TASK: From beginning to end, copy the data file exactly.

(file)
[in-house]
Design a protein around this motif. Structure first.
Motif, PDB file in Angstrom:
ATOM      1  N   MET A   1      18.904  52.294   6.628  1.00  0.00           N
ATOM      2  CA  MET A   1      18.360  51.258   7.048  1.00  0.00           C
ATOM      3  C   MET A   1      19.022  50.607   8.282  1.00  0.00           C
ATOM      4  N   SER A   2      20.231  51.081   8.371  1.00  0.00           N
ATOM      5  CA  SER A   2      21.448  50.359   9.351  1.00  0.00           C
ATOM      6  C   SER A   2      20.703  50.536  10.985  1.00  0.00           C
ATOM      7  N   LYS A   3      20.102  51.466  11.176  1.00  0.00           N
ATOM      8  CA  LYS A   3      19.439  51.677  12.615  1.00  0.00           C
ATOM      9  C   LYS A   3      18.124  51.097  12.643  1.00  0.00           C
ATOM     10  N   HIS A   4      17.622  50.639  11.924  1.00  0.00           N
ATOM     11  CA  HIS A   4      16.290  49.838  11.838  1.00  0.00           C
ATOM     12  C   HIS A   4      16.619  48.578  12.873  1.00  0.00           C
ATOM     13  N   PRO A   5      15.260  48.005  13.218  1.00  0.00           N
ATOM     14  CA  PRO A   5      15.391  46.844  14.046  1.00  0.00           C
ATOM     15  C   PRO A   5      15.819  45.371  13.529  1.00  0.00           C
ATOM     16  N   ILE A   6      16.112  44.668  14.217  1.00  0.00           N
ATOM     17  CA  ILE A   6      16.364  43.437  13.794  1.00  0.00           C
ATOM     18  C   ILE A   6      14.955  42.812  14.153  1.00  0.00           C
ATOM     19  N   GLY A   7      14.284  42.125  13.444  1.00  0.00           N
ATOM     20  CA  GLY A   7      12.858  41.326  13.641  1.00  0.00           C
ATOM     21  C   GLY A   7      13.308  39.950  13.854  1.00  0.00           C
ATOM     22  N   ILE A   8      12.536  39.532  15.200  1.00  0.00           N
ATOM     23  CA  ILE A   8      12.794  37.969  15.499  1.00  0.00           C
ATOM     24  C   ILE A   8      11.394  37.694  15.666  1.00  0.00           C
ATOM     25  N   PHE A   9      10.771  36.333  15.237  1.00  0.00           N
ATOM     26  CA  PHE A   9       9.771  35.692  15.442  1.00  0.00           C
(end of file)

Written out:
[in-house]
Design a protein around this motif. Structure first.
Motif, PDB file in Angstrom:
ATOM      1  N   MET A   1      18.904  52.294   6.628  1.00  0.00           N
ATOM      2  CA  MET A   1      18.360  51.258   7.048  1.00  0.00           C
ATOM      3  C   MET A   1      19.022  50.607   8.282  1.00  0.00           C
ATOM      4  N   SER A   2      20.231  51.081   8.371  1.00  0.00           N
ATOM      5  CA  SER A   2      21.448  50.359   9.351  1.00  0.00           C
ATOM      6  C   SER A   2      20.703  50.536  10.985  1.00  0.00           C
ATOM      7  N   LYS A   3      20.102  51.466  11.176  1.00  0.00           N
ATOM      8  CA  LYS A   3      19.439  51.677  12.615  1.00  0.00           C
ATOM      9  C   LYS A   3      18.124  51.097  12.643  1.00  0.00           C
ATOM     10  N   HIS A   4      17.622  50.639  11.924  1.00  0.00           N
ATOM     11  CA  HIS A   4      16.290  49.838  11.838  1.00  0.00           C
ATOM     12  C   HIS A   4      16.619  48.578  12.873  1.00  0.00           C
ATOM     13  N   PRO A   5      15.260  48.005  13.218  1.00  0.00           N
ATOM     14  CA  PRO A   5      15.391  46.844  14.046  1.00  0.00           C
ATOM     15  C   PRO A   5      15.819  45.371  13.529  1.00  0.00           C
ATOM     16  N   ILE A   6      16.112  44.668  14.217  1.00  0.00           N
ATOM     17  CA  ILE A   6      16.364  43.437  13.794  1.00  0.00           C
ATOM     18  C   ILE A   6      14.955  42.812  14.153  1.00  0.00           C
ATOM     19  N   GLY A   7      14.284  42.125  13.444  1.00  0.00           N
ATOM     20  CA  GLY A   7      12.858  41.326  13.641  1.00  0.00           C
ATOM     21  C   GLY A   7      13.308  39.950  13.854  1.00  0.00           C
ATOM     22  N   ILE A   8      12.536  39.532  15.200  1.00  0.00           N
ATOM     23  CA  ILE A   8      12.794  37.969  15.499  1.00  0.00           C
ATOM     24  C   ILE A   8      11.394  37.694  15.666  1.00  0.00           C
ATOM     25  N   PHE A   9      10.771  36.333  15.237  1.00  0.00           N
ATOM     26  CA  PHE A   9       9.771  35.692  15.442  1.00  0.00           C